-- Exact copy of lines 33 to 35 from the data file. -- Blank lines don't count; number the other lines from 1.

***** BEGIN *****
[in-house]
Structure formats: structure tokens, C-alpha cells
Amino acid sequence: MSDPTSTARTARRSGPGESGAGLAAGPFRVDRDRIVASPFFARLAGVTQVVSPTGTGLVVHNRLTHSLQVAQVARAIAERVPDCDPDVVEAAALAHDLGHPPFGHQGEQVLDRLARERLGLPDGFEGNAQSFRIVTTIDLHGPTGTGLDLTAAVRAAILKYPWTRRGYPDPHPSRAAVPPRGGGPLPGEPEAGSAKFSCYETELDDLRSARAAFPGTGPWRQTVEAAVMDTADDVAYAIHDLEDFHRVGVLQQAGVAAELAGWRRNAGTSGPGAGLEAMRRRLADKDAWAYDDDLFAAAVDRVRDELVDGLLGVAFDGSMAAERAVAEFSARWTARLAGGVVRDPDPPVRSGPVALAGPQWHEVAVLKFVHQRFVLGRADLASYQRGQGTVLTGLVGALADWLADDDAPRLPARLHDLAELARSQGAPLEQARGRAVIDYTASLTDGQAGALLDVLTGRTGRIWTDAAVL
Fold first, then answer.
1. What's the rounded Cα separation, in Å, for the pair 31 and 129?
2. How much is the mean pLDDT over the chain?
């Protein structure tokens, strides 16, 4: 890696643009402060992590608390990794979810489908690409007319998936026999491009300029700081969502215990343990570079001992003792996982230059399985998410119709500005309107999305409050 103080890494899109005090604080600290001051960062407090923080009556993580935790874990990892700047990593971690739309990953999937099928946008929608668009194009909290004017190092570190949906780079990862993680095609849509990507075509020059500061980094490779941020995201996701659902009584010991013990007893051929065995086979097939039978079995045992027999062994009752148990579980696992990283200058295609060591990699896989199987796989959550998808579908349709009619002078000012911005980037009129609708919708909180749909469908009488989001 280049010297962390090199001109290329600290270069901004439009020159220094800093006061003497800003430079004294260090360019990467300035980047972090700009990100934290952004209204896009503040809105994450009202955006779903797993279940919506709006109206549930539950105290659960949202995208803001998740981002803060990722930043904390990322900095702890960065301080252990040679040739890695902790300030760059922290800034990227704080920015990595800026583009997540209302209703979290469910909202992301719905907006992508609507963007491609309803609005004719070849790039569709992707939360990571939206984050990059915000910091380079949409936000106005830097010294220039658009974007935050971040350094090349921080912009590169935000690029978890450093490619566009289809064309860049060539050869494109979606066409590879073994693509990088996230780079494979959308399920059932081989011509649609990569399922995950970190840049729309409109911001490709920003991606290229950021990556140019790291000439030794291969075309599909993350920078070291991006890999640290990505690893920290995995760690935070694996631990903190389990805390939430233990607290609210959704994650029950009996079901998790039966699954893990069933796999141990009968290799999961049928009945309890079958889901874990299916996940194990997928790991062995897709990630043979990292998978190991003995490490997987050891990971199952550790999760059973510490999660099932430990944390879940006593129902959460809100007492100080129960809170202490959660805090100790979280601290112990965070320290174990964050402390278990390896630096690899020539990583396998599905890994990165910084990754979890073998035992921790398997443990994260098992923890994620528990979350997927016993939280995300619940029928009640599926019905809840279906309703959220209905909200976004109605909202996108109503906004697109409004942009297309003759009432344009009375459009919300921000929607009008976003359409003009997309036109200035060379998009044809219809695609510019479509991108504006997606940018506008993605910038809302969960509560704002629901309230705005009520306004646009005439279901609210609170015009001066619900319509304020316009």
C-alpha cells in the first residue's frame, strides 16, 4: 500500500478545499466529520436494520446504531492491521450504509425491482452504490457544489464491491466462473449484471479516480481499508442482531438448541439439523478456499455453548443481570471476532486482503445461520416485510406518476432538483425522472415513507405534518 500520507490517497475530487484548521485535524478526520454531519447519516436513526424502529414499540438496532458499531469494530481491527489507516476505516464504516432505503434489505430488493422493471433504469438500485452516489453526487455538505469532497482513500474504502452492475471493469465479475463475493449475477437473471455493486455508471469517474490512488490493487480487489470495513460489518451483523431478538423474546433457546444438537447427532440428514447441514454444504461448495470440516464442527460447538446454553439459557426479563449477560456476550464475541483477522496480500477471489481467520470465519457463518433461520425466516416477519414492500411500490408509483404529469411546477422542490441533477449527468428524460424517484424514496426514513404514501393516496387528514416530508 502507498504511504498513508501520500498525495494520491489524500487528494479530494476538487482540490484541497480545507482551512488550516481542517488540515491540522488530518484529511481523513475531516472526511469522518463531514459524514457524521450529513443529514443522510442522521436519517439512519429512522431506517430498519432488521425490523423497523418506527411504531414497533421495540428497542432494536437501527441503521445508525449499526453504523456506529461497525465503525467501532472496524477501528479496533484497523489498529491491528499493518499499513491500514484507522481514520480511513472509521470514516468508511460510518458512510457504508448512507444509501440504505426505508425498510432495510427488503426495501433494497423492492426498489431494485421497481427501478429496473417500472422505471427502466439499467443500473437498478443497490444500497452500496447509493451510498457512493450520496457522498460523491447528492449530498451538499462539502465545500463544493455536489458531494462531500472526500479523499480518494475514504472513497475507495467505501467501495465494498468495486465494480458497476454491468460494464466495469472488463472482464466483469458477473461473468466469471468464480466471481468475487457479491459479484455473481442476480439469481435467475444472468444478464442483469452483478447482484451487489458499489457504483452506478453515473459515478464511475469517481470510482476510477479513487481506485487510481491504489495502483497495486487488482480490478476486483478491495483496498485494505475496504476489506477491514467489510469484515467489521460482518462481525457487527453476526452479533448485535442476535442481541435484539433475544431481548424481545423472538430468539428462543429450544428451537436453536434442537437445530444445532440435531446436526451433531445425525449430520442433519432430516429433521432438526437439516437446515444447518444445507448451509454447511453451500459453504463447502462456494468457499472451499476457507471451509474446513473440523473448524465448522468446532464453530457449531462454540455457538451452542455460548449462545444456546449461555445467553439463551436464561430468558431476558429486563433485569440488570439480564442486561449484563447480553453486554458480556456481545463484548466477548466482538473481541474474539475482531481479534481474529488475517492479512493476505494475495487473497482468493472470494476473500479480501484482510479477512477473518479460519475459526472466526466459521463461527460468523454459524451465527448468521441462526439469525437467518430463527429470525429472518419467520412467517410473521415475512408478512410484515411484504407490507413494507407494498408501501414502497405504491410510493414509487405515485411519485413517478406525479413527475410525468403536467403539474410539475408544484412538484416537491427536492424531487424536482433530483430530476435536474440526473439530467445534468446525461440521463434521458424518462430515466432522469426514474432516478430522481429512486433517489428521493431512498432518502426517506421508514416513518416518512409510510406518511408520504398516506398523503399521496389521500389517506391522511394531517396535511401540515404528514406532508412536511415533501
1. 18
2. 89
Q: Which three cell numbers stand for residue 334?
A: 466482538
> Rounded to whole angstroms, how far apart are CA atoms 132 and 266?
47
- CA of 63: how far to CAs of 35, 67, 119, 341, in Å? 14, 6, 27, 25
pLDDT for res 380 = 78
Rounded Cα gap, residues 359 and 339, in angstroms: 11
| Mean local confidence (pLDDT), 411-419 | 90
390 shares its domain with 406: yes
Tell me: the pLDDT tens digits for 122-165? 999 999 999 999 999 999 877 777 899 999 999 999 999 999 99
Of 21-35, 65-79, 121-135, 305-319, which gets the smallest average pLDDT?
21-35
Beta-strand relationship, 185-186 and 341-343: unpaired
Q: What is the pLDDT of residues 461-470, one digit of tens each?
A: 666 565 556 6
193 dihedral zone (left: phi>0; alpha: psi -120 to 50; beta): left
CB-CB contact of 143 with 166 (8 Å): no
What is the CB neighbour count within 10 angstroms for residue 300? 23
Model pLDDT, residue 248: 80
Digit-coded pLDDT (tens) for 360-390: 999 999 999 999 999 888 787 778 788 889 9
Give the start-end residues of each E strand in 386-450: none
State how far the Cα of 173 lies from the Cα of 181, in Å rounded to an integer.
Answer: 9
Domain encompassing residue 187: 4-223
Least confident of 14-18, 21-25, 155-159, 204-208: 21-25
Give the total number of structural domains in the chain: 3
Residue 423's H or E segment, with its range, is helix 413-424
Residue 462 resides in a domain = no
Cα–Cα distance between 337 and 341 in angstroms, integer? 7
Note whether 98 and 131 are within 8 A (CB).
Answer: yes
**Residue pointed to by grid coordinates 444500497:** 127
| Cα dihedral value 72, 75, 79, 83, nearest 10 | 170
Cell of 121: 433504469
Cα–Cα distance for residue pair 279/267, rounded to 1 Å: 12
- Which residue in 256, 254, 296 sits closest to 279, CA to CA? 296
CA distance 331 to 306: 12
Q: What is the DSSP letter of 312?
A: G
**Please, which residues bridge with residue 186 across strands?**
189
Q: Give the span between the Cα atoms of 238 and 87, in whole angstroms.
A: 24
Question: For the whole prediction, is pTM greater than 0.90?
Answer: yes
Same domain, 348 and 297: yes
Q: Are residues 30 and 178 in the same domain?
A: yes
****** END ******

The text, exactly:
Answer: 9
Domain encompassing residue 187: 4-223
Least confident of 14-18, 21-25, 155-159, 204-208: 21-25